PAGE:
The business landscape has changed dramatically for IT over the past few years. The days of IT folks or departments operating in a vacuum are gone, never to return. Although this is a good development for business as a whole, it has required a change to the way IT works.

IT professionals must have the ability to directly engage business leaders, users, and process owners. This direct interaction is designed to eliminate the gaps in communicating needs and requirements that have plagued the business in the past.

The IT Resume

IT candidates must be able to communicate their ability to work well in collaborative team environments on the resume. Employers and recruiters today expect IT professionals to possess this skill. But simply stating that you’re a “team player” is not good enough. Everyone says that. They want the candidate to prove it in the meat of the resume.

The ITtechExec Way

To arm yourself with more tools in your technical job search arsenal, we offer a free Technical Jobs report & Online Identity Assessment to our followers. We also offer a 10% discount to our followers. Take advantage of our offer just by signing up to follow this blog or go to our website ITtechExec (be sure to indicate in the “How did you hear about us?” box that you found us through our blog).

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Personal Branding: Converting Technical Value into Business Value

Posted on June 14, 2012. Filed under: CIO, Personal Branding, Resumes, Technology | Tags: , , , , , , , |

By Stephen Van Vreede (@ITtechExec)

Crafting a strong, concise brand statement is important for any candidate. If you don’t like the term “brand,” you can call it what you want: value proposition, core identifiable difference, or even your why-you-should-hire-me statement. Regardless, you have to be able to quickly paint a picture for your audience that convincingly explains why they need you and should speak to you regarding that great job opportunity.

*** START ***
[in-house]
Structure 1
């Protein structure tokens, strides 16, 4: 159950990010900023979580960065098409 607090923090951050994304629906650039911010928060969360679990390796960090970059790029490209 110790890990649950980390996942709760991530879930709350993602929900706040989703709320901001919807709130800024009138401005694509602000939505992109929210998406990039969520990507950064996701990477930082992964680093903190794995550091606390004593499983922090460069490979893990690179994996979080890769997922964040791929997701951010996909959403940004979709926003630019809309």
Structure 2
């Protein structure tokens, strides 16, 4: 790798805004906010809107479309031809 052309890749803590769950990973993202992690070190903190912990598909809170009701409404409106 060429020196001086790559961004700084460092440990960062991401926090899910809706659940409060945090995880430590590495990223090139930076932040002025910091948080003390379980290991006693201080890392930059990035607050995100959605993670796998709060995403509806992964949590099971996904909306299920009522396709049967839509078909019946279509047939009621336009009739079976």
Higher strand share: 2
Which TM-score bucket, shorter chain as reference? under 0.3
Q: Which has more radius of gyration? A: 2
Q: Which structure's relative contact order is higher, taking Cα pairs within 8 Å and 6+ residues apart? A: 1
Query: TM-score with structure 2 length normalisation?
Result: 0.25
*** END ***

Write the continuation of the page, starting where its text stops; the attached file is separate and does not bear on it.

Most IT and technical professionals think of their strengths and contributions in terms of how they impact their technical team or group, which equates to their technical value.

  • So then what is business value?
  • How do I translate my technical value into business value?

Business Value

Just like your technical value relates to how your activities impact the technical organization, business value relates to how your actions contribute to the organization as a whole. When you want to communicate these actions on your resume, LinkedIn profile, at networking events, and in interviews, go a step further to consider the benefit the client or end user feels as a result.

For example, if you are a project or program manager that has helped incorporate Agile development principles into the software development process, the technical value might be having more focused stakeholder inputs and a more narrowly defined development scope. The business value is very different indeed. These stakeholders feel like your development group was more responsive, required less exhaustive and intensive time gathering requirements, improved speed of delivery, and other excellent experiences.

Remember, technical organizations deliver a service, whether that service is to an internal or external client. The perception that client has of the experience is critical. If they have a positive perception, you have created value to the business that’s tangible. If they have a negative perception, you may have added business value that’s not felt, or you may simply have added technical value, or, worse yet, you may have gone through a fruitless exercise.

The ITtechExec Way

To arm yourself with more tools in your technical job search arsenal, we offer a free Technical Jobs report & Online Identity Assessment to our followers. We also offer a 10% discount to our followers. Take advantage of our offer just by signing up to follow this blog or go to our website ITtechExec (be sure to indicate in the “How did you hear about us?” box that you found us through our blog).